Vassil, Wikimedia Commons
The co-host of a hunting show on the Outdoor Channel recently spent $350,000 for the chance to hunt an endangered black rhinoceros in southern Africa. Corey Knowlton won the Dallas Safari Club's auction for a permit to hunt the rhino in Namibia. Knowlton says he and his family have received death threats after his name was made public through social media. "As much as I would love them all to live forever, they are going to die," Knowltontold CNN
. "The older males are killing each other, and something has to be done about it."
Nearly any animal can be legally killed in many parts of Africa, so long as the hunter pays the right amount of money. For rare and endangered species, the cost can escalate to many thousands of U.S. dollars.
"National parks are obviously trying to make money," Johnny Rodrigues, Chairman for Zimbabwe Conservation Task Force, told Discovery News. "The hunters have to pay the parks if they want to shoot the animals."
It can be a Catch-22, since the parks often struggle to pay their staff, which include those who work to care for and protect the animals. The high price tag of a permit may serve as a deterrent, but it also reflects how much poachers can earn without even benefiting the parks.[/br
Patrick Giraud, Wikimedia Commons
The payment needed to legally shoot an elephant drops to $50,000 in Zimbabwe, with a further loss of $10,000 if the elephant has no tusks. "The reason rhinos are more valuable than elephants is because the horn is so valuable and in such high demand by the Chinese," Rodrigues said.
Patrick Giraud, Wikimedia Commons
$20,000 can allow hunters with appropriate permits to kill several rare animals in many parts of Africa. Leopards are on that list, even though The IUCN Red List of Threatened Species lists them as "threatened."
Kevin Pluck, Wikimedia Commons
The price tag on lions is also $20,000. In terms of what happens to the dead animals, "As far as I know," Rodrigues said, "once the animals are hunted, they are exported to the hunter's home country." Upon arrival, the hunter may preserve the animal's dead body and put it on display.
The cost to legally hunt a cheetah in Zimbabwe is $20,000. The IUCN Red List of Threatened Species lists them as "vulnerable," but further mentions that "the known cheetah population is approximately 7,500-10,000 adult animals." In 1975, the number of cheetahs in Africa was estimated at 15,000, revealing that this species has significantly declined in only three generations.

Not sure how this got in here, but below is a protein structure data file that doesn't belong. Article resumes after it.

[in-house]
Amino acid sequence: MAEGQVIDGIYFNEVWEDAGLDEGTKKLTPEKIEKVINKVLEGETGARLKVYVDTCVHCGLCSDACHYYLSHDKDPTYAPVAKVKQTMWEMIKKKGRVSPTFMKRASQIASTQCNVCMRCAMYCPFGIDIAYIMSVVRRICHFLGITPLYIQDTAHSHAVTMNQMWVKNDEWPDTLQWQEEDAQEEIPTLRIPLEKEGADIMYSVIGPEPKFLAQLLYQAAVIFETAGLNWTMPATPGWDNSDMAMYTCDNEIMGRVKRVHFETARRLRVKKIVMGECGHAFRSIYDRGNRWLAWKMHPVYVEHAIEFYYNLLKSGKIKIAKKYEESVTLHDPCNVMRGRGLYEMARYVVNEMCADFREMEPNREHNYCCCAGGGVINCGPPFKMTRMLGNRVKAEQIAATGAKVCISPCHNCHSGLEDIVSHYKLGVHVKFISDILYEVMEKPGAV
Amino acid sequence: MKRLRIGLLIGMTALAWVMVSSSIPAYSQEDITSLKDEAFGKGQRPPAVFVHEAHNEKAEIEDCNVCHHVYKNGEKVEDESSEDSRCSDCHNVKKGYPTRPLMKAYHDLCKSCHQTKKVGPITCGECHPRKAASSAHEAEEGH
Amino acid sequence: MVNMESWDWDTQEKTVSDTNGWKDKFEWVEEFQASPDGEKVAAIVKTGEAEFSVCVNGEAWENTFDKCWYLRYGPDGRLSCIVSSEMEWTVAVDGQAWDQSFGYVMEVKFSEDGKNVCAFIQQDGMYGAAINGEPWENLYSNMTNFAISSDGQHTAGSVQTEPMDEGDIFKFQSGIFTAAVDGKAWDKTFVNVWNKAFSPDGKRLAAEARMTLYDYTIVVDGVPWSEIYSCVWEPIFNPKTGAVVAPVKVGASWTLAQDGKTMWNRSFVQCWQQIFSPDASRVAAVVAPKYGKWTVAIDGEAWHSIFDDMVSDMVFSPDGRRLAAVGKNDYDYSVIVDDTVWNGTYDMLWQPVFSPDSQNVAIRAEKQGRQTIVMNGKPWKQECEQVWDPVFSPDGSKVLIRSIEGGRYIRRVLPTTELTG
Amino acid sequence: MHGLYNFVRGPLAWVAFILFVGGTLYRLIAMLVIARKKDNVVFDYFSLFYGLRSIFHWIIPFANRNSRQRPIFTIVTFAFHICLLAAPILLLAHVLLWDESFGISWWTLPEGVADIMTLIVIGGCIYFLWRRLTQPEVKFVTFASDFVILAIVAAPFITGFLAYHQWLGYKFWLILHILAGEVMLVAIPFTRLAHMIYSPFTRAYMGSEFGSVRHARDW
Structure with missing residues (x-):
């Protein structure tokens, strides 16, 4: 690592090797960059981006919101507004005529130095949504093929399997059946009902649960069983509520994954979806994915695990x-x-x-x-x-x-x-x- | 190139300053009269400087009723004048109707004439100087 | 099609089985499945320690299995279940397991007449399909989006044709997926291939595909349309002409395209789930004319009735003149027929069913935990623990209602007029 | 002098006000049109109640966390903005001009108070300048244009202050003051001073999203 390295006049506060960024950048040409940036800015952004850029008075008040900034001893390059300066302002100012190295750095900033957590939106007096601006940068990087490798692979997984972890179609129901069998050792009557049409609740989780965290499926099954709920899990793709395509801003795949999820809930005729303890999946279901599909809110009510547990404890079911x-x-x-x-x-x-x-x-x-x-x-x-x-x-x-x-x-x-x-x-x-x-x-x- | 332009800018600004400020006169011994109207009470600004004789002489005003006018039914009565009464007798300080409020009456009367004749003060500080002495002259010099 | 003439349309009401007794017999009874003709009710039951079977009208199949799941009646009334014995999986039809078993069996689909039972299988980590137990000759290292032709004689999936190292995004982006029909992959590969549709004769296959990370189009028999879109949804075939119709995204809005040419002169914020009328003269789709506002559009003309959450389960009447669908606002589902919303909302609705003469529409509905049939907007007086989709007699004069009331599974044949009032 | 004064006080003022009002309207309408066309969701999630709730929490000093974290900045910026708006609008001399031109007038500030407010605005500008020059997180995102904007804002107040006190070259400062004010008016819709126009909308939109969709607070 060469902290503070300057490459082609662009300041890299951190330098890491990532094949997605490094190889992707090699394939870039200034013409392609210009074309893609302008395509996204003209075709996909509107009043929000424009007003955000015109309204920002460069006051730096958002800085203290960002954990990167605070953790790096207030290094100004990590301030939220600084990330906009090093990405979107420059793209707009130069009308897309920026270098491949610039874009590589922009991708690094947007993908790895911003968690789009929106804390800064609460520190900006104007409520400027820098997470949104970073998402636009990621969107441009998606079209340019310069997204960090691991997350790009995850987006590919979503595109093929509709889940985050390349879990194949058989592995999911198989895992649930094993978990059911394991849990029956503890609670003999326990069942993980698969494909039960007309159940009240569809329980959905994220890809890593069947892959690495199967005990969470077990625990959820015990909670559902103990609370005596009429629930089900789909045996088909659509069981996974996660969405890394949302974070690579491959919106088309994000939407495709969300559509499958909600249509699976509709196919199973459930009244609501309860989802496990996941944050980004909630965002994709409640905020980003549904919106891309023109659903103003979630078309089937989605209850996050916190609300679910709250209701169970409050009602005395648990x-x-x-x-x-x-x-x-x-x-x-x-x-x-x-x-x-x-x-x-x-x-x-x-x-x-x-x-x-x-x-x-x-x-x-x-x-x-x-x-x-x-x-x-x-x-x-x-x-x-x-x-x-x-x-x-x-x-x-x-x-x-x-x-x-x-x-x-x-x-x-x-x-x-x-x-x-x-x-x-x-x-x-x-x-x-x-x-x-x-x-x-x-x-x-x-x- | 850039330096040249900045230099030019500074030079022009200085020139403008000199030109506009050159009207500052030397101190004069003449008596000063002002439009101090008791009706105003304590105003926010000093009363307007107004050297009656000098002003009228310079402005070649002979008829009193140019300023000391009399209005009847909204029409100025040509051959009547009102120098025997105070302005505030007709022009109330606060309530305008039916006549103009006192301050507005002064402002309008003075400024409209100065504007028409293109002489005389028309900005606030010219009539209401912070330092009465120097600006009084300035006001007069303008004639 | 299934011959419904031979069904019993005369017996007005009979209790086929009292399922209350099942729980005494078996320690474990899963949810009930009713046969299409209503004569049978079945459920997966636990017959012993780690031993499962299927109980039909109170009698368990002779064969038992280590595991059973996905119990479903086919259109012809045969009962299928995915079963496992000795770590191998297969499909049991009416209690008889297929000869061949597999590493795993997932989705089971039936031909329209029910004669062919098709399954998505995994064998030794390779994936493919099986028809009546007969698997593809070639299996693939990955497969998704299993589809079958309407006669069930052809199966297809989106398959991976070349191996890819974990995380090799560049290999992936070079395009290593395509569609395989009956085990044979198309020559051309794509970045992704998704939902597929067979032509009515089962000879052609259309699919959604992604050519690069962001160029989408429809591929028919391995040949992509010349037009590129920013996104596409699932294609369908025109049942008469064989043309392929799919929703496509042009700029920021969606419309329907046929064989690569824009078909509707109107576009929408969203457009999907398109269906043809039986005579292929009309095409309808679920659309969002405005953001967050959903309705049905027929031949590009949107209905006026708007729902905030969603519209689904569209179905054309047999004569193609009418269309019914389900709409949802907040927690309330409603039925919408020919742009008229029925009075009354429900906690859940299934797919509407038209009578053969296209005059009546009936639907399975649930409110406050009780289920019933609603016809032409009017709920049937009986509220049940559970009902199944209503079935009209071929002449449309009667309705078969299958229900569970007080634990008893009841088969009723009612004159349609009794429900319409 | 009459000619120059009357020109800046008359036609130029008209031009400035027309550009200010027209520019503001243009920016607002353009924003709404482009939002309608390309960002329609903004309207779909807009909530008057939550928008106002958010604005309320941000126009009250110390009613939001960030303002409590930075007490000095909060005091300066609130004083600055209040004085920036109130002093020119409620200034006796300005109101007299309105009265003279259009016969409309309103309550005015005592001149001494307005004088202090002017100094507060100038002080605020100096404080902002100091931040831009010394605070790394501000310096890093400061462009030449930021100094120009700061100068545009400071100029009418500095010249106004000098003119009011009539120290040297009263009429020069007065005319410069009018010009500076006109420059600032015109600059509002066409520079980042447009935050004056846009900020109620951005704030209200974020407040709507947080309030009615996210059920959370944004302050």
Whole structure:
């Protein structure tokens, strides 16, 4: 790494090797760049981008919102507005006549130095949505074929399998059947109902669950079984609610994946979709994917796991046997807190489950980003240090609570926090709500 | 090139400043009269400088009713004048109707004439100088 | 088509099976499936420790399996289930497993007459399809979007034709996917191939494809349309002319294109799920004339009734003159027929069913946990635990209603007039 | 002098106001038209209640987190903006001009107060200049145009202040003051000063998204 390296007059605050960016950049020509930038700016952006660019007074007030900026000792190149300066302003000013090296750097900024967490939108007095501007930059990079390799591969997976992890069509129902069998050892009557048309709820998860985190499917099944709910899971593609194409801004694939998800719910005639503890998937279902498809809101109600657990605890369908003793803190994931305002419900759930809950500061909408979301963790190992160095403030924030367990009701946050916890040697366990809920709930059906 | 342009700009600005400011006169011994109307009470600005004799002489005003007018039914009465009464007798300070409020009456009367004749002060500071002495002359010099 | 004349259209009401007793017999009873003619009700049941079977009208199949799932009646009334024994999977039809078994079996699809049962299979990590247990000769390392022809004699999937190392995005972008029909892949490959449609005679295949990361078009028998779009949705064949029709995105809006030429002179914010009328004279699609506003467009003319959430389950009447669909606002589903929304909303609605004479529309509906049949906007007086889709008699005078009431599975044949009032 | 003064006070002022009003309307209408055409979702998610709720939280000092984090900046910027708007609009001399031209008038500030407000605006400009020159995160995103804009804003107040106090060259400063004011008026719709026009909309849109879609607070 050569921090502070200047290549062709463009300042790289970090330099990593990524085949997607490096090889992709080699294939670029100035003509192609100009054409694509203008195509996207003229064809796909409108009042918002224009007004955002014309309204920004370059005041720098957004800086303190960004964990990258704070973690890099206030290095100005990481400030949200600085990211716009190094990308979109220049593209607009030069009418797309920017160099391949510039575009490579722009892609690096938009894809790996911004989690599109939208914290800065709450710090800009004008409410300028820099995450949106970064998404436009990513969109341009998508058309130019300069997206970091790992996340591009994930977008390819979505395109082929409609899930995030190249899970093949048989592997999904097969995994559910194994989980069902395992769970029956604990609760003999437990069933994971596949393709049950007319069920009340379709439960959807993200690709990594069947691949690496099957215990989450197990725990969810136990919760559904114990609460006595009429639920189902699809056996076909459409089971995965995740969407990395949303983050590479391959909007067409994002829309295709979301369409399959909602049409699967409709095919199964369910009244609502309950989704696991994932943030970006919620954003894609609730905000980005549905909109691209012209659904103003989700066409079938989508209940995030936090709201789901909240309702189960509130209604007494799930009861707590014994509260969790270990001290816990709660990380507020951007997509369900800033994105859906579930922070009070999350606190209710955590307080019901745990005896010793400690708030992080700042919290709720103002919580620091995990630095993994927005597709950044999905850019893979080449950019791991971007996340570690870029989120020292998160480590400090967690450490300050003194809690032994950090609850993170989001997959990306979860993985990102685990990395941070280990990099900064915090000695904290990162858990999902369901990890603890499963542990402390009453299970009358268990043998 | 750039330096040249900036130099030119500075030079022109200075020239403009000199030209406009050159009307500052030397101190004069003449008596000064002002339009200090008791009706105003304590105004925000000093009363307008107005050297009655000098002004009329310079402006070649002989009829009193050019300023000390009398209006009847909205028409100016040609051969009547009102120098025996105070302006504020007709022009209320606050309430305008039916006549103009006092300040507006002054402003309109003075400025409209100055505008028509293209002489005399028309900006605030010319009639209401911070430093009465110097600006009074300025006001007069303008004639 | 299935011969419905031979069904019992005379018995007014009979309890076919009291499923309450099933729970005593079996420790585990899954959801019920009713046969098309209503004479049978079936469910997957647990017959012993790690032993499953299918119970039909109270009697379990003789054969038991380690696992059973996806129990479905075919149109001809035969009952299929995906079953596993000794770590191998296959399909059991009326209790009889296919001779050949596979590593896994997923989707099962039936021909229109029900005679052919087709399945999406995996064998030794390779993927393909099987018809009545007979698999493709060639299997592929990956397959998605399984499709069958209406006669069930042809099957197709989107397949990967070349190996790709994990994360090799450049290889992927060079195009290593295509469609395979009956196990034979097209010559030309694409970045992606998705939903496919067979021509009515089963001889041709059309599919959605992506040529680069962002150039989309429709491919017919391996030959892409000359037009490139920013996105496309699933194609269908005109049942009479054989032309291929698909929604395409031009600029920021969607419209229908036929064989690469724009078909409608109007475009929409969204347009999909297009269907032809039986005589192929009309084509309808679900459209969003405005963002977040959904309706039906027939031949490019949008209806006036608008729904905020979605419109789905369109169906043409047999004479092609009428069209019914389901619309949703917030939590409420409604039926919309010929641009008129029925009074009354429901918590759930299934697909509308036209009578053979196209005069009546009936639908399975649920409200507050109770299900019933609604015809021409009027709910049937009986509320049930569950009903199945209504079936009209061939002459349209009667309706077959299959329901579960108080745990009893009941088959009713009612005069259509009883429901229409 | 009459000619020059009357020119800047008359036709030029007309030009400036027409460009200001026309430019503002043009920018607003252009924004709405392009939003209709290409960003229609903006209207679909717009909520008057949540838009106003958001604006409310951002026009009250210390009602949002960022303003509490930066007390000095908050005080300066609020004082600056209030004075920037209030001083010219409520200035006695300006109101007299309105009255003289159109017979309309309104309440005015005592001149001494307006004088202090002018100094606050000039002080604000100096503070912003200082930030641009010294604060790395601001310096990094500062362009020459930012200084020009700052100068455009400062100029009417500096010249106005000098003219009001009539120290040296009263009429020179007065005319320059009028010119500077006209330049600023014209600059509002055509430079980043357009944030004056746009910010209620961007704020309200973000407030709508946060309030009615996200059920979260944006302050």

Majestic Roan antelopes also can be hunted for $20,000 in parts of Africa. While its population is more numerous than wild cats, this species has been eliminated from large parts of its former range, primarily due to poaching and habitat loss.
Paul Maritz, Wikimedia Commons
The IUCN Red List of Threatened Species reports that sable antelopes possess "high value as a trophy animal."
Ikiwaner, Wikimedia Commons
Sometimes the cost to hunt an animal differs if the target is male or female. That is the case for African buffalos, since males have larger horns than females do. The horn size difference costs a hunter an extra two grand to shoot a male African buffalo.
Roland H., Wikimedia Commons
A hunter must pay $5,000 to legally shoot a giraffe in Zimbabwe. The IUCN Red List reports that "a recent preliminary population estimate suggests a decline in the total population has taken place." While giraffes are currently listed as being animals of "least concern," that classification might soon change if the estimate is substantiated.
Valdiney Pimenta, Wikimedia Commons
On the less expensive side of the scale are flamingos, which cost only $100 to legally hunt in Zimbabwe. The value of this and the other animals to conservationists and other animal lovers comes without a price tag, however. To them, the animals are priceless. Nevertheless, by putting a price on the heads of animals, some national parks in Africa earn money that helps to fuel their operations. The biggest problem is poachers, who receive relatively light sentences for their crimes.
Rodrigues explained, "The only thing a poacher would get if they trapped these animals is a jail sentence if they are caught."
The insatiable demand for ivory is causing a dramatic decline in the number of African elephants. Poachers are hunting the animal faster than it can reproduce, with deaths affecting more than half of elephant families in the Samburu National Reserve in Kenya, a new study finds.